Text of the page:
Hotel Employment: Growth Through Knowledge, Education, and Experiential Learning
By Hicham Jaddoud Senior Director of Hospitality, North Star Mohican Casino|Resort|Golf Course | February 16, 2020
Hospitality and Tourism industry accounts for more than 11% of the global GDP according to the 2019 Travel & Hospitality Industry Outlook. The hotel industry is projected to sustain a healthy growth in 2020, highlighting an increasing demand for skilled employees. Staffing and training have historically been an issue in the service industries, specifically hospitality and tourism. An organization's commitment to training and employee development can have a considerable impact, both as a driver of employee satisfaction and retention.
Employees that lack training and coaching will end up getting frustrated and quit the organization. The turnover rate in the hospitality sector is one of the highest among service industries. The latest Bureau of Labor Statistics estimates that rate to be about 74%. This occurs mainly because of the fast-paced nature of the business, and the fact that so many employees and new graduates are placed into the workplace with minimum training. Employees in the hotel business face several physical and psychological pressures related to low wages, long working hours, and demanding guests. Many workers enter the hotel industry with the expectation of working the minimum of time at any organization.
Hospitality economic data reveal that of all the sectors that fall under the hospitality industry; food services, airlines, car rental, accommodation, and cruise lines, contribute over 50% of the total ouput of the U.S. Economy. The chart below highlights the Compound Annual Growth Rate in the hospitality sector within the last decade.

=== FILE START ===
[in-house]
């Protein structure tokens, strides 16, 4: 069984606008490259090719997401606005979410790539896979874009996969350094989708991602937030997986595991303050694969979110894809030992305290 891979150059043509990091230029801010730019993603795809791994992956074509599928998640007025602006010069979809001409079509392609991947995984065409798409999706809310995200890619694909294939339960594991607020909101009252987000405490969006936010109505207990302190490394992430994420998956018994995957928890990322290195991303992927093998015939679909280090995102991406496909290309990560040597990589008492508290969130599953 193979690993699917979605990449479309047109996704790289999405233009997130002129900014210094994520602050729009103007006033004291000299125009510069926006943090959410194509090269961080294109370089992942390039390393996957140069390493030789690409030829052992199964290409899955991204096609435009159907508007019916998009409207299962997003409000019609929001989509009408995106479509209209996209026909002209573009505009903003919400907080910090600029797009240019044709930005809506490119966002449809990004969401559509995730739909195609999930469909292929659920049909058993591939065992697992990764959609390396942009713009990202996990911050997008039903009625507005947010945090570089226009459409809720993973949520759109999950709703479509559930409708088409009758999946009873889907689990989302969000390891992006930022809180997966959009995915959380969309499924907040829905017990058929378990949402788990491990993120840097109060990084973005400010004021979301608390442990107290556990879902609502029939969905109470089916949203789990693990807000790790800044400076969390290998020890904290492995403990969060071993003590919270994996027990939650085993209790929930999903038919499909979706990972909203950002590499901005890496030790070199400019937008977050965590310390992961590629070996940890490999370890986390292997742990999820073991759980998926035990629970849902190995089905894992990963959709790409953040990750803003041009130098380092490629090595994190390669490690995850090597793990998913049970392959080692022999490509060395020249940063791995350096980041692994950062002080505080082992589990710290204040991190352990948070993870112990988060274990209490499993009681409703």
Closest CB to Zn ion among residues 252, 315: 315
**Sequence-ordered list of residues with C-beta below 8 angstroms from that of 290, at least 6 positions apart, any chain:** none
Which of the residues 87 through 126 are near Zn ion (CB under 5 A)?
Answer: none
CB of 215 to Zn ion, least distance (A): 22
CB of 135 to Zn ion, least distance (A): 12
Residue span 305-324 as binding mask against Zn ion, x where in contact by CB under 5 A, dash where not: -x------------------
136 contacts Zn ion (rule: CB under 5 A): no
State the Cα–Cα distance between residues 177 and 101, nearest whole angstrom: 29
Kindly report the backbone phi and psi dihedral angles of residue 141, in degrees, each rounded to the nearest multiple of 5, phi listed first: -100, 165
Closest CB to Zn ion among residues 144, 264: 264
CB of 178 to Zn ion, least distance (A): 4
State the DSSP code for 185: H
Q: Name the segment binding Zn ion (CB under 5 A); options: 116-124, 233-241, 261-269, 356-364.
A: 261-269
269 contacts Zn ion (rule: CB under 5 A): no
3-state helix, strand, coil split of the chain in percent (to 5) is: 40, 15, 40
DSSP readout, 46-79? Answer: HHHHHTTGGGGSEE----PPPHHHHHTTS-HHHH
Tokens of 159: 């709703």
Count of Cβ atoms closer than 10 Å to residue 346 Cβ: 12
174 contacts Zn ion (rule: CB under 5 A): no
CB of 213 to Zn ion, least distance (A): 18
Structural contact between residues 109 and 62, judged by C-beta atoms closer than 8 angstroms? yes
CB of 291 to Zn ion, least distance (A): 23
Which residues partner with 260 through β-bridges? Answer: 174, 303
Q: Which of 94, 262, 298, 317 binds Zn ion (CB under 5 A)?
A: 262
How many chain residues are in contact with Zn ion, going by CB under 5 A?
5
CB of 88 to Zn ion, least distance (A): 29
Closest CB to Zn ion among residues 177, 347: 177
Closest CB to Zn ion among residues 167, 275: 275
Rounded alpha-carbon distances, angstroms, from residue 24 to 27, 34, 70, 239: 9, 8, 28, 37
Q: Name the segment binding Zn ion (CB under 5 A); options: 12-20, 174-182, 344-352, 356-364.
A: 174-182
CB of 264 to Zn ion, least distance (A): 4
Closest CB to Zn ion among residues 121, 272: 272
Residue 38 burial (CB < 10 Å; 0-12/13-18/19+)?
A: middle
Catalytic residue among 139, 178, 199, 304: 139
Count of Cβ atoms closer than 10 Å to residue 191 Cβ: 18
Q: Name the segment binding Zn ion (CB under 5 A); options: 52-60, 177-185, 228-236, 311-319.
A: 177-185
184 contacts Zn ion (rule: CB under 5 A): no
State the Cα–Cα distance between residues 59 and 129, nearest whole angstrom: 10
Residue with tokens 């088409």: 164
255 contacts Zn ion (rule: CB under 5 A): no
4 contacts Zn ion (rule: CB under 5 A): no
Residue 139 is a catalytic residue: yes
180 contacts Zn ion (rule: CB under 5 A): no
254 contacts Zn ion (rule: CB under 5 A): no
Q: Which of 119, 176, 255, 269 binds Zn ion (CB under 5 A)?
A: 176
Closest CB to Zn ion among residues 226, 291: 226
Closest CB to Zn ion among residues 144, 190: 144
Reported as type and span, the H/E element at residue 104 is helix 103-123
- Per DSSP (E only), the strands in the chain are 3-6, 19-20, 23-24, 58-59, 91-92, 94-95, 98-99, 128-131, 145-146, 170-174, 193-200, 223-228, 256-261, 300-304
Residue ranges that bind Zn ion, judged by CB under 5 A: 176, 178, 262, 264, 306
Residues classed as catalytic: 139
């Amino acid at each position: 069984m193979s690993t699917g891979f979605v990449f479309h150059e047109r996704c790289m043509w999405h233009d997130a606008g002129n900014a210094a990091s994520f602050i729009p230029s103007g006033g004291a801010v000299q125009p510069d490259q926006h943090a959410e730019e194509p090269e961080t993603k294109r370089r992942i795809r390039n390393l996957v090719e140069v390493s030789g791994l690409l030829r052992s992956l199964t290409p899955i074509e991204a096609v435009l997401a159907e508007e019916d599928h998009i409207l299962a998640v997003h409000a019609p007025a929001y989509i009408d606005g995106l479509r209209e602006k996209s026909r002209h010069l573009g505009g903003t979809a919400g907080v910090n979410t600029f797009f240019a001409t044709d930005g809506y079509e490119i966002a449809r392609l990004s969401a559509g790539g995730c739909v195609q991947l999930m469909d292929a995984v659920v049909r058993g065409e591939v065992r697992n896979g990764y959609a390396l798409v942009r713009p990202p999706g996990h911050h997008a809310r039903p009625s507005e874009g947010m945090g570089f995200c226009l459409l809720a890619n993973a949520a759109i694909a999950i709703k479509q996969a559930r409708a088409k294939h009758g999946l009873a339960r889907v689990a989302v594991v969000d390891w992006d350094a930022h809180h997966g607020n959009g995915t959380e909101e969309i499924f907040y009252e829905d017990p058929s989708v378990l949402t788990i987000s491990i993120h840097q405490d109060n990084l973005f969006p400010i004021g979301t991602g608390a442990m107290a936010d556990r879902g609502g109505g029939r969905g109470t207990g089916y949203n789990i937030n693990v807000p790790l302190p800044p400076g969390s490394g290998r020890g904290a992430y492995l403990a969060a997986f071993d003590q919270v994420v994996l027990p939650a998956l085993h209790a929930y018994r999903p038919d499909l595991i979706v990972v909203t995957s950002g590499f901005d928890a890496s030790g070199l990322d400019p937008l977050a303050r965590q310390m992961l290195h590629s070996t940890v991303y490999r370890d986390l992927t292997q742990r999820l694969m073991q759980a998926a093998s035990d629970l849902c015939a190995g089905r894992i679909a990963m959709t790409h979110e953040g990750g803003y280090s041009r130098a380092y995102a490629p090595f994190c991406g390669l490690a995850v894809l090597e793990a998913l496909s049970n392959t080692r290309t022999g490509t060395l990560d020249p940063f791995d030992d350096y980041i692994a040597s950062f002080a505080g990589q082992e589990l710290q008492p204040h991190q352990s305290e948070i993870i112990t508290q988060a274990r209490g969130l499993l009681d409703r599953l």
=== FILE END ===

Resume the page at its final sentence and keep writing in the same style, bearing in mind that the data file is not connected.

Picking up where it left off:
Driven by rising consumers' purchasing power and digital innovation, and regardless of the economic recession and staffing shortage, there is no doubt the hospitality industry will continue to enjoy an unprecedented growth over the years. The numbers tell the story well about the industry's development. However, the hospitality industry has failed to build a talent pool of candidates with the appropriate education and training necessary to keep up with growth and guests' changing expectations.
Department of Labor estimates that due to a combination of a high growth rate, high employee turnover and a vast range of unskilled workforce, the industry will always experience a staffing and training shortage, unless hotel operators change their hiring practices, training, and retention efforts. Couple years ago, there were approximately 353,000 open positions in hospitality in the United States. As of 2018, the hospitality industry in the U.S. had 1,139,000 job openings. (Deloitte, 2019)
The hotel industry is large and diverse. It is one of the oldest and most labor-intensive industries. Although different positions within the hotel business require different skillsets and knowledge levels, the industry has notoriously employed low-skilled and under-paid workforce and has a culture of high turnover.
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